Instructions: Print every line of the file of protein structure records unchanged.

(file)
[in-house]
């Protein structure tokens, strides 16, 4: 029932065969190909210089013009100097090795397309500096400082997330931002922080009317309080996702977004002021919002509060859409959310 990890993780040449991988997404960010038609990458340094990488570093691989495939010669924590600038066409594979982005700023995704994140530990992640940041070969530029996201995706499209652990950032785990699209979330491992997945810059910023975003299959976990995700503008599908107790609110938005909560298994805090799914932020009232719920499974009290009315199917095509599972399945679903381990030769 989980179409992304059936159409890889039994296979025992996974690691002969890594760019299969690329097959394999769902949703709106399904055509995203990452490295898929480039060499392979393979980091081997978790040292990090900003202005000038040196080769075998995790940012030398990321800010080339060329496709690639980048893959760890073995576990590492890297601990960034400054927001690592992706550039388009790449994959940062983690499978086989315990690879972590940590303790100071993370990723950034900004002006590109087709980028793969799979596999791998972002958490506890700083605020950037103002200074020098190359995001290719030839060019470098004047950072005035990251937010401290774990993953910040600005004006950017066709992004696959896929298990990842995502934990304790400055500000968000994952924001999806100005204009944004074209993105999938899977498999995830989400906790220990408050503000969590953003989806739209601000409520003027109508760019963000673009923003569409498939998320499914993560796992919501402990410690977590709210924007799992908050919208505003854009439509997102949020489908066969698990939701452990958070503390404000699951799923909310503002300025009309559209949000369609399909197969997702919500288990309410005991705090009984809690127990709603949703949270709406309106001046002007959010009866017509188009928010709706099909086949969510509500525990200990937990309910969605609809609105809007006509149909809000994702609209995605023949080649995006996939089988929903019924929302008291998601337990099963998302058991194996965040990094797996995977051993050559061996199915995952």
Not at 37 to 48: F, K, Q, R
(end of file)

[in-house]
């Protein structure tokens, strides 16, 4: 029932065969190909210089013009100097090795397309500096400082997330931002922080009317309080996702977004002021919002509060859409959310 990890993780040449991988997404960010038609990458340094990488570093691989495939010669924590600038066409594979982005700023995704994140530990992640940041070969530029996201995706499209652990950032785990699209979330491992997945810059910023975003299959976990995700503008599908107790609110938005909560298994805090799914932020009232719920499974009290009315199917095509599972399945679903381990030769 989980179409992304059936159409890889039994296979025992996974690691002969890594760019299969690329097959394999769902949703709106399904055509995203990452490295898929480039060499392979393979980091081997978790040292990090900003202005000038040196080769075998995790940012030398990321800010080339060329496709690639980048893959760890073995576990590492890297601990960034400054927001690592992706550039388009790449994959940062983690499978086989315990690879972590940590303790100071993370990723950034900004002006590109087709980028793969799979596999791998972002958490506890700083605020950037103002200074020098190359995001290719030839060019470098004047950072005035990251937010401290774990993953910040600005004006950017066709992004696959896929298990990842995502934990304790400055500000968000994952924001999806100005204009944004074209993105999938899977498999995830989400906790220990408050503000969590953003989806739209601000409520003027109508760019963000673009923003569409498939998320499914993560796992919501402990410690977590709210924007799992908050919208505003854009439509997102949020489908066969698990939701452990958070503390404000699951799923909310503002300025009309559209949000369609399909197969997702919500288990309410005991705090009984809690127990709603949703949270709406309106001046002007959010009866017509188009928010709706099909086949969510509500525990200990937990309910969605609809609105809007006509149909809000994702609209995605023949080649995006996939089988929903019924929302008291998601337990099963998302058991194996965040990094797996995977051993050559061996199915995952």
Not at 37 to 48: F, K, Q, R